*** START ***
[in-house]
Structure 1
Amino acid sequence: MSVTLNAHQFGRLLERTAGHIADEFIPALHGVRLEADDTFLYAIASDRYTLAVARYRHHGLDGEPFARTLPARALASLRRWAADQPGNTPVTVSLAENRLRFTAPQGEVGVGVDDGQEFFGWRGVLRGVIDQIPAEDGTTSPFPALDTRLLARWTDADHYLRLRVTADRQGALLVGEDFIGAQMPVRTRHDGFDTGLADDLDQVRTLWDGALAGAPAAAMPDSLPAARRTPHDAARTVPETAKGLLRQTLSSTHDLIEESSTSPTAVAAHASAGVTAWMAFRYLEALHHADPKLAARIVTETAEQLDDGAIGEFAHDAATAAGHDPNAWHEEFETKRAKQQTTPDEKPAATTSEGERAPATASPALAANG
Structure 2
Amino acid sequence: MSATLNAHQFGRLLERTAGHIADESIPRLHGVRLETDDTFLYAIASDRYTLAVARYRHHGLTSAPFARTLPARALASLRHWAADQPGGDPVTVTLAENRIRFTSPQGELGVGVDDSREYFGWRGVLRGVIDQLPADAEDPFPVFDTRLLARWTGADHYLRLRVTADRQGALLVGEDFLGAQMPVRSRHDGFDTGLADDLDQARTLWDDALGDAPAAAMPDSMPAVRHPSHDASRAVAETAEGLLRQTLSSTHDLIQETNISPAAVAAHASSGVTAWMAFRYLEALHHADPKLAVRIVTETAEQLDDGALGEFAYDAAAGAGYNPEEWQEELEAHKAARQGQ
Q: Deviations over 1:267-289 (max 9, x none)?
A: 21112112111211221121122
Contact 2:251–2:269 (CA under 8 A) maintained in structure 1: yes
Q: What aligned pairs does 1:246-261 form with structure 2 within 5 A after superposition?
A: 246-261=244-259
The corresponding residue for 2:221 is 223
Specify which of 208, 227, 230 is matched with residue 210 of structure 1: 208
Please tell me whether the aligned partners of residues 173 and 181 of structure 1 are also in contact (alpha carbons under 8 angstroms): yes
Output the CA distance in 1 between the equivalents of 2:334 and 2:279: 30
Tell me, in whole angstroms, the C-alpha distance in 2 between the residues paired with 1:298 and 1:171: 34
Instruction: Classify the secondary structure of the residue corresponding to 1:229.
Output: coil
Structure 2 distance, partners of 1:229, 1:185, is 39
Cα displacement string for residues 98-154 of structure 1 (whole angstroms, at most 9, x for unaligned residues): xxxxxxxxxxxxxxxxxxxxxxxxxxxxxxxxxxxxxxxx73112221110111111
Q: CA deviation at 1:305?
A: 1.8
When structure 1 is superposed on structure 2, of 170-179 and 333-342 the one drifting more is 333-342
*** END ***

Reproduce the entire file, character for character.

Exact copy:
[in-house]
Structure 1
Amino acid sequence: MSVTLNAHQFGRLLERTAGHIADEFIPALHGVRLEADDTFLYAIASDRYTLAVARYRHHGLDGEPFARTLPARALASLRRWAADQPGNTPVTVSLAENRLRFTAPQGEVGVGVDDGQEFFGWRGVLRGVIDQIPAEDGTTSPFPALDTRLLARWTDADHYLRLRVTADRQGALLVGEDFIGAQMPVRTRHDGFDTGLADDLDQVRTLWDGALAGAPAAAMPDSLPAARRTPHDAARTVPETAKGLLRQTLSSTHDLIEESSTSPTAVAAHASAGVTAWMAFRYLEALHHADPKLAARIVTETAEQLDDGAIGEFAHDAATAAGHDPNAWHEEFETKRAKQQTTPDEKPAATTSEGERAPATASPALAANG
Structure 2
Amino acid sequence: MSATLNAHQFGRLLERTAGHIADESIPRLHGVRLETDDTFLYAIASDRYTLAVARYRHHGLTSAPFARTLPARALASLRHWAADQPGGDPVTVTLAENRIRFTSPQGELGVGVDDSREYFGWRGVLRGVIDQLPADAEDPFPVFDTRLLARWTGADHYLRLRVTADRQGALLVGEDFLGAQMPVRSRHDGFDTGLADDLDQARTLWDDALGDAPAAAMPDSMPAVRHPSHDASRAVAETAEGLLRQTLSSTHDLIQETNISPAAVAAHASSGVTAWMAFRYLEALHHADPKLAVRIVTETAEQLDDGALGEFAYDAAAGAGYNPEEWQEELEAHKAARQGQ
Q: Deviations over 1:267-289 (max 9, x none)?
A: 21112112111211221121122
Contact 2:251–2:269 (CA under 8 A) maintained in structure 1: yes
Q: What aligned pairs does 1:246-261 form with structure 2 within 5 A after superposition?
A: 246-261=244-259
The corresponding residue for 2:221 is 223
Specify which of 208, 227, 230 is matched with residue 210 of structure 1: 208
Please tell me whether the aligned partners of residues 173 and 181 of structure 1 are also in contact (alpha carbons under 8 angstroms): yes
Output the CA distance in 1 between the equivalents of 2:334 and 2:279: 30
Tell me, in whole angstroms, the C-alpha distance in 2 between the residues paired with 1:298 and 1:171: 34
Instruction: Classify the secondary structure of the residue corresponding to 1:229.
Output: coil
Structure 2 distance, partners of 1:229, 1:185, is 39
Cα displacement string for residues 98-154 of structure 1 (whole angstroms, at most 9, x for unaligned residues): xxxxxxxxxxxxxxxxxxxxxxxxxxxxxxxxxxxxxxxx73112221110111111
Q: CA deviation at 1:305?
A: 1.8
When structure 1 is superposed on structure 2, of 170-179 and 333-342 the one drifting more is 333-342